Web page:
Ethiopia’s Two Sides of Development: Successes and Pitfalls

Here are two recent articles offering views of the successes and pitfalls of foreign investment in Ethiopia.

VOA News

Martha van der Wolf

March 15, 2013

ADDIS ABABA — The United Nations Development Program has released its 2013 Human Development Index. Despite recent economic growth, Ethiopia is still near the bottom of the index.

Ethiopia ranks 173 out of 187 countries in the Human Development Index 2013, unveiled by the United Nations Development Program, UNDP, on Friday.

The Index is part of the Human Development Report that is presented annually and measures life expectancy, income and education in countries around the world.

Since 2000, Ethiopia has registered greater gains than all but two other countries in the world – Afghanistan and Sierra Leone. But it still ranks close to the bottom of the Index.

However, Samuel Bwalya, an economic advisor for UNDP, says that not only the ranking is important.

“I think what matters in the index is how you’re moving, your own human development progress within the country, so you’re moving from 0.275 to 0.378, that movement is what matters,” said Bwalya. “It means that your country is making progress in human development. Now the ranking depends on how other countries are also faring.”

This year’s Human Development Report focuses on the major gains made since 2000 in most countries in the global South.

UNDP believes sub-Saharan Africa can achieve higher levels of human development if it deepens its engagement with other regions of the South.

But those countries must overcome many challenges, such as low life expectancy, high levels of inequality and the growing threat for environmental disasters that could halt or reverse the recent gains in human development.

Bwalya says that government policies are central to human development in Ethiopia:

“The most important is to continuously commit to two policy arenas: the economic program in the country is robust and the government should have continuous commitment to development,” he explained. “The second is that it should continue the social protection program that has been so important in reducing poverty.”

While the Human Development Report and Index celebrate improvements across the developing world, a hard fact remains – 24 out of the 25 lowest ranked countries are on the African continent.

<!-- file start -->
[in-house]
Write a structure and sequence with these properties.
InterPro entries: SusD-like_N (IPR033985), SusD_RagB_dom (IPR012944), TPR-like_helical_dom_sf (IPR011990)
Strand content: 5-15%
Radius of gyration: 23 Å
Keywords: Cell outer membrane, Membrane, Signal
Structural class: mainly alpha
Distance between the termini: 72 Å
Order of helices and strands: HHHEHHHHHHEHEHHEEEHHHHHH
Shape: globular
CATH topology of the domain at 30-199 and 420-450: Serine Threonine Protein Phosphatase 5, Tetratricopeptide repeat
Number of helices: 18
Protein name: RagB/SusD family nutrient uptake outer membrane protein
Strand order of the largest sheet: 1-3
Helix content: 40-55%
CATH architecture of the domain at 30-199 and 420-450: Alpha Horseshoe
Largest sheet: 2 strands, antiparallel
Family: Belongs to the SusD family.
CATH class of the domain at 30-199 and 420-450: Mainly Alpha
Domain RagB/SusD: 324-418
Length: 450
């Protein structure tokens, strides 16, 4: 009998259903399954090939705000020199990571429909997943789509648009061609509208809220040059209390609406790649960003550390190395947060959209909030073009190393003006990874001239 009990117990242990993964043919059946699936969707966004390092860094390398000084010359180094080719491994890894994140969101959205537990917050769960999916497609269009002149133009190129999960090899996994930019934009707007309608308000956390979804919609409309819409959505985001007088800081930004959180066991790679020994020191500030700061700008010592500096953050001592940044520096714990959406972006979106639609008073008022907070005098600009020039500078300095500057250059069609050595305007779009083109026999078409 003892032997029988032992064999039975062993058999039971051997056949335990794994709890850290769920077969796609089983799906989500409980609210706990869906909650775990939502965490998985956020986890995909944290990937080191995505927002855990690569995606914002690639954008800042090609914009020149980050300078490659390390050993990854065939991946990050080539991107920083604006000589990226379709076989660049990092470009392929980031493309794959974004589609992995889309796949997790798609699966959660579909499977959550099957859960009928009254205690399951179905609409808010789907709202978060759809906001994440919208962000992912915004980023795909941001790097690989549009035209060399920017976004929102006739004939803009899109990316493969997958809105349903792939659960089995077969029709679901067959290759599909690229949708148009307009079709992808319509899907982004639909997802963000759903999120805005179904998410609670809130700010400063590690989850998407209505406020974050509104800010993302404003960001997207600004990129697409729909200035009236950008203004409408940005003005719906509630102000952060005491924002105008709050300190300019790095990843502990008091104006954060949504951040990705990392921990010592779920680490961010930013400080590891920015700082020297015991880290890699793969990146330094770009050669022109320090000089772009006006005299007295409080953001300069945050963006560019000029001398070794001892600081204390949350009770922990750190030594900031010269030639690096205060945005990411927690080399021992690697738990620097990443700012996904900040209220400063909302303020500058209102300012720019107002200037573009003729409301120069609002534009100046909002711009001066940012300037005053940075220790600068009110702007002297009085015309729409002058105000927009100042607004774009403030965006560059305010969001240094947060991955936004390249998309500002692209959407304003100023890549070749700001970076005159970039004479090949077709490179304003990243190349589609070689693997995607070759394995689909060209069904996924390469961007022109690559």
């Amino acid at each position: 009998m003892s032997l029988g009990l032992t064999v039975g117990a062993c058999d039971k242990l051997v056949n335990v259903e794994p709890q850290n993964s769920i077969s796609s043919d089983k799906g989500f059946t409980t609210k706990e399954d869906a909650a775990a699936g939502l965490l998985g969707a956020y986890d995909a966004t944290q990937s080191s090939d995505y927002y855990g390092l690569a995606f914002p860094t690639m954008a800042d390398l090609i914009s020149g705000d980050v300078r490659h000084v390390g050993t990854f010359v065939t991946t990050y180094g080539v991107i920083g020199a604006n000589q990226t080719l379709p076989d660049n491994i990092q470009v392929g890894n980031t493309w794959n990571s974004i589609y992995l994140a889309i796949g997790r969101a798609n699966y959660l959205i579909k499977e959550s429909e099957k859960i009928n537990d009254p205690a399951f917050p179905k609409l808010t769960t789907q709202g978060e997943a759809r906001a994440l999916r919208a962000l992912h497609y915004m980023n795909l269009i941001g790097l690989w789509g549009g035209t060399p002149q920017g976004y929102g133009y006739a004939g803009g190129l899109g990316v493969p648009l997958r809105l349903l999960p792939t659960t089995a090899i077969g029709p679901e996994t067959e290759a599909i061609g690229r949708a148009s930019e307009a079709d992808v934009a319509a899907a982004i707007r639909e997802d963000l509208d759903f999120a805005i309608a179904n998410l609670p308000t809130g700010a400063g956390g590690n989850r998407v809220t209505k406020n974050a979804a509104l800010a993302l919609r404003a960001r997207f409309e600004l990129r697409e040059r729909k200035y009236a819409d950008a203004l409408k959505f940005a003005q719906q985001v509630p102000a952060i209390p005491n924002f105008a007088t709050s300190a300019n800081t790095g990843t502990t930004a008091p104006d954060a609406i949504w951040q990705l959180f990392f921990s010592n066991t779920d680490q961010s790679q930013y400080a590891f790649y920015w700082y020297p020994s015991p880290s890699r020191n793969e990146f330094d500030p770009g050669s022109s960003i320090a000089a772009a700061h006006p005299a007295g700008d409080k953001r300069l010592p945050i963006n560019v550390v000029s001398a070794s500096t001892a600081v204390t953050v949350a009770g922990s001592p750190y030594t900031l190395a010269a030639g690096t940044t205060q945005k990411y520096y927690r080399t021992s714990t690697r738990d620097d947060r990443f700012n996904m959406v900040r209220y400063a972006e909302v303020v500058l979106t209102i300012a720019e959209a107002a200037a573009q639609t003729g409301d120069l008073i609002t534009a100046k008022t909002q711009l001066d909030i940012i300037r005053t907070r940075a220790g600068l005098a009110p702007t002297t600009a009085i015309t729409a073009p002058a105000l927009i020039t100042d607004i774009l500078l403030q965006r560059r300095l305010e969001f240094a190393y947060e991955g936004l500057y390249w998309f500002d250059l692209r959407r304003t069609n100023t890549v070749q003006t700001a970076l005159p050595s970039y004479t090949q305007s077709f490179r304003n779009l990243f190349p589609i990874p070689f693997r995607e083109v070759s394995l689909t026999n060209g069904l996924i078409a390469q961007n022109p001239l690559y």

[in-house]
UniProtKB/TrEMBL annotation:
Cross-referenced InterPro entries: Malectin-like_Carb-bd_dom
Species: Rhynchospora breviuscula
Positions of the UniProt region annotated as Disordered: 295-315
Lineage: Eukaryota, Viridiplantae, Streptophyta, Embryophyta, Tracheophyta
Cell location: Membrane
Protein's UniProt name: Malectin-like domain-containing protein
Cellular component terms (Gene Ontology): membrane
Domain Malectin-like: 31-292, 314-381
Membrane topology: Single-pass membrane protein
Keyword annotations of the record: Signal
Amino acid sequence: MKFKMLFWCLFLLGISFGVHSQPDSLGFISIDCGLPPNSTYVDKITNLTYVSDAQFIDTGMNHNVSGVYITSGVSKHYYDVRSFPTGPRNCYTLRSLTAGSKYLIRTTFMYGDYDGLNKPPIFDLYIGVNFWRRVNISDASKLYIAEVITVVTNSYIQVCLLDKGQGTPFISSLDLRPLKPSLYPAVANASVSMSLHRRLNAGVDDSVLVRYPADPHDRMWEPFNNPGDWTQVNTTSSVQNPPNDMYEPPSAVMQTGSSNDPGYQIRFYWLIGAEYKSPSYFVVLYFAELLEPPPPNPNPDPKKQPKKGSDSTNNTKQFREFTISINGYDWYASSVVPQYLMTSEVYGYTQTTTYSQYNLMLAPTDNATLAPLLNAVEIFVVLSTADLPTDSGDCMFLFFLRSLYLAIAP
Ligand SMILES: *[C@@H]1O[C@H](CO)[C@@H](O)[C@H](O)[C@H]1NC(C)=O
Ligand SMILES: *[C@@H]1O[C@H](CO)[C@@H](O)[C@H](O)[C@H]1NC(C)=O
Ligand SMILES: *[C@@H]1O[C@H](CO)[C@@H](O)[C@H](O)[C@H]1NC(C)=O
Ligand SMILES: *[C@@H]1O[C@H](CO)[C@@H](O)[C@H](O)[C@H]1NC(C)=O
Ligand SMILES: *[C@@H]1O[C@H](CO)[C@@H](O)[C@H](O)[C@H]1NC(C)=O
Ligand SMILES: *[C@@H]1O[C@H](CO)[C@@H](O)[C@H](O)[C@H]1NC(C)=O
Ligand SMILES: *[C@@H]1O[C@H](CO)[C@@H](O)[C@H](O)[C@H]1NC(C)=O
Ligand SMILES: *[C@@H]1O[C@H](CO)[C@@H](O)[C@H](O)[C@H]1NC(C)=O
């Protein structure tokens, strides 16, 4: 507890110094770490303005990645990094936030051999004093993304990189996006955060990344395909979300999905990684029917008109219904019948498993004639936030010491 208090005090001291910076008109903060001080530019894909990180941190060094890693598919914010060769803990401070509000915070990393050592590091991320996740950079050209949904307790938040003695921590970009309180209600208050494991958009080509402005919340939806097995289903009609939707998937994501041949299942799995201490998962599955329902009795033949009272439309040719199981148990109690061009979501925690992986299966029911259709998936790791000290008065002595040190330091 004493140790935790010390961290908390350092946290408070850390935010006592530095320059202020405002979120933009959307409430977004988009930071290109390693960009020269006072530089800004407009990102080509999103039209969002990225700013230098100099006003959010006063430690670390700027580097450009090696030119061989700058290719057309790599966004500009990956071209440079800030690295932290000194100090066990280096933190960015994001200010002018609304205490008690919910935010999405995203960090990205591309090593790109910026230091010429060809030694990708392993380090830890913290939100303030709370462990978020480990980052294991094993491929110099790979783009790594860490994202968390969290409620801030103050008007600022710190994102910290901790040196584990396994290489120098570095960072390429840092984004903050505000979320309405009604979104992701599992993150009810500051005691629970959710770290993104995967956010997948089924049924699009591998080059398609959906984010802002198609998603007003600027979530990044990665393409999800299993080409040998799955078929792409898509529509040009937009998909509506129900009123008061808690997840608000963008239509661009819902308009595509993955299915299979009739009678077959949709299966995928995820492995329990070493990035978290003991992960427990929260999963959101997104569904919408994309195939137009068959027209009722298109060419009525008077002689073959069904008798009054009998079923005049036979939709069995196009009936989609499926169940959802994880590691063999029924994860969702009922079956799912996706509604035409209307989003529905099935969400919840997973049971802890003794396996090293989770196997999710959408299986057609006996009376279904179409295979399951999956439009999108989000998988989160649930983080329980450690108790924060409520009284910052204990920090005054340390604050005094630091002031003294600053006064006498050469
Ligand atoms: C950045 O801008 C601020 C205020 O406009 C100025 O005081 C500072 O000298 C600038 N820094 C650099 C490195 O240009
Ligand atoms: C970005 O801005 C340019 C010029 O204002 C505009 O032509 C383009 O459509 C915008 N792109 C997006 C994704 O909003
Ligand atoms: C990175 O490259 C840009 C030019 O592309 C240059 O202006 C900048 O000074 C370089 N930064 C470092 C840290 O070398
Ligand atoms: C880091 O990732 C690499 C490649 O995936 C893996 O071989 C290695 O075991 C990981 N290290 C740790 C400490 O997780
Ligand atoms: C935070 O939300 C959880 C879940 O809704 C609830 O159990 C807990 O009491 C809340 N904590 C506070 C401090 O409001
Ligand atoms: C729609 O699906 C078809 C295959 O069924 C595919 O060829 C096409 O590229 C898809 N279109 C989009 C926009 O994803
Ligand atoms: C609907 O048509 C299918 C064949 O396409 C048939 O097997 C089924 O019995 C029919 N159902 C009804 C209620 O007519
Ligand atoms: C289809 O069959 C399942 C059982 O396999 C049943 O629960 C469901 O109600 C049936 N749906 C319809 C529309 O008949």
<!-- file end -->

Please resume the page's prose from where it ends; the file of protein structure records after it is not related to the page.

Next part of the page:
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Related:
Why Are We Funding Abuse in Ethiopia? (The New York Review of Books)

By Helen Epstein

In 2010, the Ethiopian government began moving thousands of people out of the rural villages where they had lived for centuries to other areas several hours’ walk away. The Ethiopian government calls this program the “Commune Center Development Plan and Livelihood Strategy” and claims it is designed to bring scattered rural populations closer to schools, health clinics, roads, and other public services. But the Commune Center program has been marked by a string of human rights abuses linked to government attempts to clear huge tracts of land for foreign investors. According to testimony collected by Human Rights Watch and other groups over the past two years, the relocations have involved beatings, imprisonment, torture, rape, and even murder. In many of the new “villages” the program has created, the promised services do not exist. Deprived of the farms, rivers, and forests that once provided their livelihoods, many people fear starvation, and thousands have fled to refugee camps in Kenya and South Sudan.

Such mistreatment by the government is nothing new in Ethiopia, an essentially one-party state of roughly 90 million people, in which virtually all human rights activity and independent media is banned. But what makes this case particularly outrageous is that the Ethiopian government may be using World Bank money—some of which comes from US taxpayers—to finance it. If so, this violates the Bank’s own rules concerning the protection of indigenous peoples and involuntary resettlement. In response to complaints from human rights groups, the Bank’s internal watchdog recently conducted its own review of the Commune Center program—commonly known as villagization in Ethiopia—which confirmed the human rights allegations and recommended that the Bank carry out a full investigation of its activities in Ethiopia.

Read more at The New York Review of Books.


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